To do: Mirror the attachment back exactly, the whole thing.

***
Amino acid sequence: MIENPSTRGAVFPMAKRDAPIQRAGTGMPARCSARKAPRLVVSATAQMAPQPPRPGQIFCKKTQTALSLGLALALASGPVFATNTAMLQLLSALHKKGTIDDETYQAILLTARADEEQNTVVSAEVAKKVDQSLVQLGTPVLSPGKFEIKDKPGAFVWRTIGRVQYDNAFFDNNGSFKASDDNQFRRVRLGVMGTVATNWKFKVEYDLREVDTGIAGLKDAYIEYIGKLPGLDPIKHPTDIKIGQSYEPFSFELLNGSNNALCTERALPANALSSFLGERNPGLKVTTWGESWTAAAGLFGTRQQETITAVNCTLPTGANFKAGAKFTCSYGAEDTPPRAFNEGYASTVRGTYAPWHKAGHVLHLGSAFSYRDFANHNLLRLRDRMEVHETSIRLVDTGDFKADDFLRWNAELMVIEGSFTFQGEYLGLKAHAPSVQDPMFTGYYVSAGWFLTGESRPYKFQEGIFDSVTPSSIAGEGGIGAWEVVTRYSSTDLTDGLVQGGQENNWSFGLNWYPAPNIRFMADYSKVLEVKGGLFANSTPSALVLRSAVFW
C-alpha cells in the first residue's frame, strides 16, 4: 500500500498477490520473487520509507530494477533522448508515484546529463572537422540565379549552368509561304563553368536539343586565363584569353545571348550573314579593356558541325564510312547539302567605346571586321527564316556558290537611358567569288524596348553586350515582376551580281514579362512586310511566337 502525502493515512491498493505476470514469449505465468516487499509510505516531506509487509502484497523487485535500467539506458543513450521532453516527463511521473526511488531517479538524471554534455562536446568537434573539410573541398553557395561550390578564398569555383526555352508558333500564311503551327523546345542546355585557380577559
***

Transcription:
Amino acid sequence: MIENPSTRGAVFPMAKRDAPIQRAGTGMPARCSARKAPRLVVSATAQMAPQPPRPGQIFCKKTQTALSLGLALALASGPVFATNTAMLQLLSALHKKGTIDDETYQAILLTARADEEQNTVVSAEVAKKVDQSLVQLGTPVLSPGKFEIKDKPGAFVWRTIGRVQYDNAFFDNNGSFKASDDNQFRRVRLGVMGTVATNWKFKVEYDLREVDTGIAGLKDAYIEYIGKLPGLDPIKHPTDIKIGQSYEPFSFELLNGSNNALCTERALPANALSSFLGERNPGLKVTTWGESWTAAAGLFGTRQQETITAVNCTLPTGANFKAGAKFTCSYGAEDTPPRAFNEGYASTVRGTYAPWHKAGHVLHLGSAFSYRDFANHNLLRLRDRMEVHETSIRLVDTGDFKADDFLRWNAELMVIEGSFTFQGEYLGLKAHAPSVQDPMFTGYYVSAGWFLTGESRPYKFQEGIFDSVTPSSIAGEGGIGAWEVVTRYSSTDLTDGLVQGGQENNWSFGLNWYPAPNIRFMADYSKVLEVKGGLFANSTPSALVLRSAVFW
C-alpha cells in the first residue's frame, strides 16, 4: 500500500498477490520473487520509507530494477533522448508515484546529463572537422540565379549552368509561304563553368536539343586565363584569353545571348550573314579593356558541325564510312547539302567605346571586321527564316556558290537611358567569288524596348553586350515582376551580281514579362512586310511566337 502525502493515512491498493505476470514469449505465468516487499509510505516531506509487509502484497523487485535500467539506458543513450521532453516527463511521473526511488531517479538524471554534455562536446568537434573539410573541398553557395561550390578564398569555383526555352508558333500564311503551327523546345542546355585557380577559